So then I thought about how one really would make a DWFTTW cart, assuming it were possible. The obvious thing was to start with something that was at least close. Here's a thought experiment. Like many thought experiments, this will require AEAEEA (Arbitrarily Excellent and Exceptional Engineering Abilities) along with a small dab of unobtanium to grease the wheels, but bare with me. It's no secret in the sailing community that you can, in fact, travel faster than the wind. It comes from the fact that you can also travel upwind. Not directly upwind, mind you, but at some angle to the wind. If you're familiar with the sailing theory, you can skip this review and go straight to the thought experiment.
Let's take a look at this picture of a boat on a close haul. The wind is coming in and filling the sail, which is forming a nice, curved airfoil shape. As airfoils will do, the sail is generating lift in the direction of the black arrow. The boat would simply move sideways, except for the keel, which has lots of drag from side to side, but only a little moving forward. The sideways force is counteracted by the keel (that other black arrow) and the net effect is that the boat moves forward, even though it's moving partially upwind.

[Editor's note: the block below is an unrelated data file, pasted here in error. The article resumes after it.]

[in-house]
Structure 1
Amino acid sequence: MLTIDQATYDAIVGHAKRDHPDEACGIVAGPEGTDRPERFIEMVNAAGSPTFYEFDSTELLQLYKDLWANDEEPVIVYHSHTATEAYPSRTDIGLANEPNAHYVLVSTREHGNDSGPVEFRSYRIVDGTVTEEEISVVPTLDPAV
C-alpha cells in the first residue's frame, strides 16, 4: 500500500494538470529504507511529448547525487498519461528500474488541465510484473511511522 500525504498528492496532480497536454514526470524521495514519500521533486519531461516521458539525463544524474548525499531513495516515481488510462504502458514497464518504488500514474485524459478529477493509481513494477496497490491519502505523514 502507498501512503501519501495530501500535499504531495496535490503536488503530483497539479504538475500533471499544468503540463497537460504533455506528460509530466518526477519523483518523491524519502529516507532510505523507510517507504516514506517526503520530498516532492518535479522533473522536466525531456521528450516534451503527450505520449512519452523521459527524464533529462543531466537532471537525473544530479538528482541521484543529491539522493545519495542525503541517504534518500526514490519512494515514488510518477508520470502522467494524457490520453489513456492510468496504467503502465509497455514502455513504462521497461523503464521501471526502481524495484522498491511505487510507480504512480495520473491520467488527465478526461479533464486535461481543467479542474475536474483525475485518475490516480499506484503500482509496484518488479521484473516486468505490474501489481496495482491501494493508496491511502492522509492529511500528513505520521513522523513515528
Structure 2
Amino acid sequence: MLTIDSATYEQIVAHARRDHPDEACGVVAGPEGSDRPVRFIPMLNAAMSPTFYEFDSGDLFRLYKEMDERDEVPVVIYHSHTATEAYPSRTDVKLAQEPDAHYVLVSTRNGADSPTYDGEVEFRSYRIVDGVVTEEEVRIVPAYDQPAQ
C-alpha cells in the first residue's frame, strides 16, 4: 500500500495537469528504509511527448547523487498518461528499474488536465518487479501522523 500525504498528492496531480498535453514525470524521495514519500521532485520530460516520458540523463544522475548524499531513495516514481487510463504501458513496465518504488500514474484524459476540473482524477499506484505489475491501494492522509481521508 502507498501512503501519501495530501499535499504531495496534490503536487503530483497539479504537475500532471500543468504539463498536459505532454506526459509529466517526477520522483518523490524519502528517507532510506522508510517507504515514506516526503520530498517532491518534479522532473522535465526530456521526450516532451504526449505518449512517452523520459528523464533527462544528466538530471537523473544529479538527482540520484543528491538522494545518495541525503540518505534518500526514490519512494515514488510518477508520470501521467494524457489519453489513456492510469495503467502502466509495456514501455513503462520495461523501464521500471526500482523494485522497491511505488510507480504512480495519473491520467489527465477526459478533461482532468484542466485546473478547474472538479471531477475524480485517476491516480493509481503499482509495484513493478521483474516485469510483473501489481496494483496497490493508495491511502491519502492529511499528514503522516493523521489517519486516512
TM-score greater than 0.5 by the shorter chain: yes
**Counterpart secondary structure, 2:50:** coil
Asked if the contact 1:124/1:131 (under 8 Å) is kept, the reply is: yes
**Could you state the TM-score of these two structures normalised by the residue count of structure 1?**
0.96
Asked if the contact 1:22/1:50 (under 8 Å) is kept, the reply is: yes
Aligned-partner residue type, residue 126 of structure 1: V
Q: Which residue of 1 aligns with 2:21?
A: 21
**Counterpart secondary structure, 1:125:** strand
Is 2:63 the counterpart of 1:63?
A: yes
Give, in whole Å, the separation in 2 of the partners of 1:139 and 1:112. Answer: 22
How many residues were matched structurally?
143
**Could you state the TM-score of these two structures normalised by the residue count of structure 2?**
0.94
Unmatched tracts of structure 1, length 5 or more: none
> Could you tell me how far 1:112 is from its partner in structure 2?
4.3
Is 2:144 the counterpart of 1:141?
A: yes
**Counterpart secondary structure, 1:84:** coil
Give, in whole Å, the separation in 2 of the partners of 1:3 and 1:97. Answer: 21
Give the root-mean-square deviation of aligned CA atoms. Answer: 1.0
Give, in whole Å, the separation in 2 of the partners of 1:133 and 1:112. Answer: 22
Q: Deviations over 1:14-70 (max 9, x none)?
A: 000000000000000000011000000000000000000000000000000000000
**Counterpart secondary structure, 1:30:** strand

Now a boat will only experience the actual wind speed and direction when it's at rest. As soon as it starts moving, there is also the apparent wind created by that motion (think sticking you hand out the car on the highway). Imagine a boat starting out on a beam reach: that's traveling at 90 degrees to the wind. If is has low drag, it could easily get as fast as the wind speed. The wind that you'd actually feel on the boat is going to be the vector sum of those two speeds. Its going to be coming from closer to the bow, and it's going to be FASTER than the actual wind speed. If you can sail that close to the apparent wind, then you can probably go even faster. If you can really reduce drag and sail close to the wind (like in an ice boat) you can travel at as much as ten times the wind speed.